Ansible From Zero to Best Practices

Will Thames

09 October 2016

About me

Workshop Contents

About this workshop

Introduction to Ansible

  • What is Ansible
  • Why use Ansible
  • Basic concepts
  • Demo/Lab

What is Ansible

  • Configuration Management and Orchestration tool
  • Repeatably put systems into a desired state
    • files
    • packages
    • services
    • ...

Why use Ansible

  • Easy to install
    • control machine needs ssh and python
    • target machine needs ssh (and preferably python)
    • no agents other than ssh required
  • No complicated access control
    • if you can ssh to a target, you can run ansible against it with your privileges
    • you only get root power if you already have root access

Why use Ansible

  • Easy to do easy things with
  • Not much harder to do hard things with
  • Usually easy for others to understand what is going on

Getting started with Ansible

  • Install Ansible
  • RHEL/CentOS/Fedora: yum install ansible
  • OS X: brew install ansible
  • Windows: doesn't install directly — use a VM or cygwin
  • Most platforms: pip install ansible

Set up target hosts

Ansible is most easily used if you can ssh as a normal user to a host without a password, and then sudo to root without a password.

Set up ssh keys

ssh-keygen -f ansible
ssh-add ~/.ssh/ansible
ssh-copy-id -f ~/.ssh/ansible $targethost

Demo: Test ping

Test with the ping module:

ansible -m ping target

Setting up sudo

echo "ansible_user (ALL) NOPASSWD: ALL" > \

In some cases you will want to lock this down further, perhaps with a password (you can enter a sudo password if you add -K to your command line).

Demo: Test sudo setup

ansible -a whoami target
ansible -a whoami -b target

(Note that ansible runs the command module by default so no -m is needed)

Basic Concepts

  • Modules
  • Playbooks
  • Tasks
  • Templates
  • Handlers
  • Variables (Part 2)
  • Inventory (Part 2)
  • Roles (Part 3)


  • A single module allows the execution of a self-contained task.
  • Modules are designed to provide an abstraction around simple and complex tasks to allow them to be repeatable and handle error conditions nicely
  • We've already briefly seen the ping and command modules.

Built-in modules

  • There are modules for an awful lot of things — e.g.:
    • configuring services in AWS, Google, Azure, Openstack etc.
    • installing OS packages
    • writing to files
    • updating network devices
    • configuring databases
    • and many others...

See the Ansible Module Index for a full list of categories.

Demo: ansible

Using the ansible command line utility, it's easy to run a simple module to get all of the facts from a repo

ansible -m setup target

or run an ad-hoc task

ansible -m file -a "state=directory path=~/throwaway" target

Demo: ansible-doc

ansible-doc is very useful for finding the syntax of a module without having to look it up online

e.g. ansible-doc mysql_user


A playbook is, at its simplest, a list of tasks to run in sequence against a list of hosts. The setup task is run first.

- hosts: target

  - name: ensure ~/throwaway doesn't exist
      path: ~/throwaway
      state: absent


A task comprises the module to run and the arguments with which to run the task.

There are also several modifiers to the task, determining whether it is run, who it is run by, where it is run, and others.

Naming tasks

Best practices suggest always naming tasks — it's easier to follow what is happening if the tasks are well named.

Naming tasks also allows the use of --start-at-task to allow ansible-playbook to start at a later point in the playbook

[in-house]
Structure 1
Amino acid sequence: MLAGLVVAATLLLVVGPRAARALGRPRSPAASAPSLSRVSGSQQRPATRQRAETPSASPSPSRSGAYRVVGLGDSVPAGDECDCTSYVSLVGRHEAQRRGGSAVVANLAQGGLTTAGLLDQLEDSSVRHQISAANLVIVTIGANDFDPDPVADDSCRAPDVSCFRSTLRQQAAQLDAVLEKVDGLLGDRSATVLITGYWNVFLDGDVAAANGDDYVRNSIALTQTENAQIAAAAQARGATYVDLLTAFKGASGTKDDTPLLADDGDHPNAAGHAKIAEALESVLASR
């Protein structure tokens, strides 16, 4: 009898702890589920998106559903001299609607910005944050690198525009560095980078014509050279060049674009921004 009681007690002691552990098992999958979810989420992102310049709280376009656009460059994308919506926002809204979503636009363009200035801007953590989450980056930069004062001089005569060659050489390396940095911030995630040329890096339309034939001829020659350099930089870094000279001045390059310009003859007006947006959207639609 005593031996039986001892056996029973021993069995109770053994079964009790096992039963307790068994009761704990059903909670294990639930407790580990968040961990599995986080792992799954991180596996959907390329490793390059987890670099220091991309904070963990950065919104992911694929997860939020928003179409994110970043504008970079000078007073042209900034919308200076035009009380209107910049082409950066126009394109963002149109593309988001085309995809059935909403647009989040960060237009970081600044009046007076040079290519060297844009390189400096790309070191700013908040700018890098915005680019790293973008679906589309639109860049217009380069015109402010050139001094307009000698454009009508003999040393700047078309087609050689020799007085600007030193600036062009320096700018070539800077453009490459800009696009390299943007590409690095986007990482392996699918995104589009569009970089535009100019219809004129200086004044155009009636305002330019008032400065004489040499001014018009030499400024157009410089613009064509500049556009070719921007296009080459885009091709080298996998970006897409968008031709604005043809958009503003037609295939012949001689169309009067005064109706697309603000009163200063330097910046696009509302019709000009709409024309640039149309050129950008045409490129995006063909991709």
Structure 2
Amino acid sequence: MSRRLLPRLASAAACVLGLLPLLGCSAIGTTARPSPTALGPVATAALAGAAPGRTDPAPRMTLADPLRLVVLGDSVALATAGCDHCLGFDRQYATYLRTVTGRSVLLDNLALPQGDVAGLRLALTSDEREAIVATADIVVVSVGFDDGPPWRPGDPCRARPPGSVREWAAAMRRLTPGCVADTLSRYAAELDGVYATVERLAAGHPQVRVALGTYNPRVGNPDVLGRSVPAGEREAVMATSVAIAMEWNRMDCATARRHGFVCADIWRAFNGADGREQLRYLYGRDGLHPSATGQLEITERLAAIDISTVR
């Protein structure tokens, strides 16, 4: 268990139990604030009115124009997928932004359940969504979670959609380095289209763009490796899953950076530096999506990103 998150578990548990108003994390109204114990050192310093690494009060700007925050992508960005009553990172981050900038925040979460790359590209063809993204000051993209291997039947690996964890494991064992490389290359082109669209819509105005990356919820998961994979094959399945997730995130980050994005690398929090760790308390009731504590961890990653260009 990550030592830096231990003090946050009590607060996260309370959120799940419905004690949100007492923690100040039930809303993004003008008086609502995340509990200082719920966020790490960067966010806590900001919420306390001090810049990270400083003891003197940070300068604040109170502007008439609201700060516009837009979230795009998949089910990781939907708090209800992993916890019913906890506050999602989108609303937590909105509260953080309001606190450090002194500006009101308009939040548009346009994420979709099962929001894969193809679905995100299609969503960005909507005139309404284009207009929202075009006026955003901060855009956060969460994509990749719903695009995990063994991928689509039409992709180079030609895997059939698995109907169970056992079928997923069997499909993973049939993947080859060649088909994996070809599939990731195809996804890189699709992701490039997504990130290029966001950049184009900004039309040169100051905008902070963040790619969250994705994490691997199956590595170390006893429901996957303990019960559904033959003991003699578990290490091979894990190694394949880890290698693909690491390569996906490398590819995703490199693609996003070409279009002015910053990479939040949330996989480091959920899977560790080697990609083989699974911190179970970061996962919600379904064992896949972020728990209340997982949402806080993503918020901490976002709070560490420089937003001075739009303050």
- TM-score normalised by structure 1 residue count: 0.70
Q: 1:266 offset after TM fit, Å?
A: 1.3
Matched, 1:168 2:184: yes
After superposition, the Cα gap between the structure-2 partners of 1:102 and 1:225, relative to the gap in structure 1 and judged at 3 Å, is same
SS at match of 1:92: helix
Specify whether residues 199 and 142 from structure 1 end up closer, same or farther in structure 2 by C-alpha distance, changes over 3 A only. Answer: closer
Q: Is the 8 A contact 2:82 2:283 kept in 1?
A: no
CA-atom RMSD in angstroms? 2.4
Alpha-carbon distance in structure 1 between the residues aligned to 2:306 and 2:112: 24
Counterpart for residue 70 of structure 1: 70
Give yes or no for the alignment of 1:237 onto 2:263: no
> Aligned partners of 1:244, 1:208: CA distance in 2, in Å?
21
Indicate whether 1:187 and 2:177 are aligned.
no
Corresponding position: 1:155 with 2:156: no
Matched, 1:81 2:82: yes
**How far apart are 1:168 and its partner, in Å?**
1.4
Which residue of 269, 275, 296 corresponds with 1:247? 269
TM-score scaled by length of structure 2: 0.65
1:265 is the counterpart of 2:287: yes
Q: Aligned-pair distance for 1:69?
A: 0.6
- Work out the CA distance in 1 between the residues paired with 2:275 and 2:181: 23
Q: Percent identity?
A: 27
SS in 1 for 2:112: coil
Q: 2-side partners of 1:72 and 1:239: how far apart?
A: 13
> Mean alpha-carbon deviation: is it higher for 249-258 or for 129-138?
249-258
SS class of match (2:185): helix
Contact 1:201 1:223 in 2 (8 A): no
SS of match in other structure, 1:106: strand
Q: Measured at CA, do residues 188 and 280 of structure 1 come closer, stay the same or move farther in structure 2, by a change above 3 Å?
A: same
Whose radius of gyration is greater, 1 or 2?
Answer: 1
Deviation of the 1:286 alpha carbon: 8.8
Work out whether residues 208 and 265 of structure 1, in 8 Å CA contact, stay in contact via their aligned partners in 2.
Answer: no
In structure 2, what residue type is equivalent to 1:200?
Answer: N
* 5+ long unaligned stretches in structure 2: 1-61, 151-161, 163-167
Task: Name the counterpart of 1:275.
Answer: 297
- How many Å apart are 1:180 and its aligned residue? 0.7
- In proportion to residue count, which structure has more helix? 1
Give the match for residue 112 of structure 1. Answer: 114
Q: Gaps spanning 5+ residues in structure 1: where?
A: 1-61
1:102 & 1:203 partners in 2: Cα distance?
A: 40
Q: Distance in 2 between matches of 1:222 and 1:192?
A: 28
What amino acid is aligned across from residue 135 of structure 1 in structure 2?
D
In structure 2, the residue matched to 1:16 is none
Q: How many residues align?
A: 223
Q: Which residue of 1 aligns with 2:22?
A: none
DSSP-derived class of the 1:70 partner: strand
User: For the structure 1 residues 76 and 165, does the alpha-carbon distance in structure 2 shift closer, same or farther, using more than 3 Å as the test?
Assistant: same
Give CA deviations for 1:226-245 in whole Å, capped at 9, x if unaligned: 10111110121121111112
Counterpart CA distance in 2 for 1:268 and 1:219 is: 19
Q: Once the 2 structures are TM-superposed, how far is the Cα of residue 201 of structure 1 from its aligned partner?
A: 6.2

Naming tasks in action

The task in the previous playbook looks like this when named:

TASK [ensure ~/throwaway doesn't exist] ****************************************
ok: [target]

and when not named:

TASK [file] ********************************************************************
ok: [target]

Task modifiers: when

You can tell a task to run only if certain conditions are met.

- name: install httpd (Red Hat)
    name: httpd
  when: 'ansible_distribution == "RedHat"'

- name: install apache (Debian)
    name: apache2
  when: 'ansible_distribution == "Debian"'

See more: Ansible Conditionals

Task modifiers: with_items etc.

A task can loop over a list of items (or indeed many other kinds of data structures). For example, you can provide a list of packages for apt or yum to install, or a list of definitions of database users (username, password, privileges etc).

See more: Ansible Loops

with_items example

- name: add database users
  - name: "{{ }}"
    password: "{{ item.password }}"
  - name: bob
    password: abc123
  - name: sys
    password: superSekrit!

Task modifiers: become

The become modifiers are useful when you need a task to run as a different user to the rest of the playbook. Security best practices suggest using a standard user for most tasks and elevating privilege when required — but even if you're running the playbook as root, you might need to become e.g. the postgres user to run a DB related task.

See more: Become

become example

- name: install package
    name: httpd
    state: present
  become: yes

- name: connect to the database
  command: psql -U postgres 'select * from pg_stat_activity()'
  become_user: postgres

Best practices: YAML

Note that the previous task could be written

    yum: name=httpd state=present

Ansible have said that the preferred format is the YAML dictionary format, as the key=value form can lead to strange errors (we'll see this later with the --syntax-checker)

Structuring playbooks

There are a number of elements to a playbook, that can be separated into the following classes of elements:

  • Connection specification: hosts, forks, serial
  • User specification: remote_user, become, become_user etc.
  • Variable inclusion: vars, vars_files, vars_prompt etc.
  • Logic before tasks: pre_tasks, roles
  • Tasks and handlers: tasks, handlers

Structuring playbooks

Playbooks can also include other playbooks, using include at the play level, or include task files by using the include task

- hosts: all

  include: another_playbook.yml

  - include: setup.yml
  - include: configure.yml

Check Mode

Ansible can be run in test mode using the -C or --check-mode flags.

ansible-playbook -C examples/playbook.yml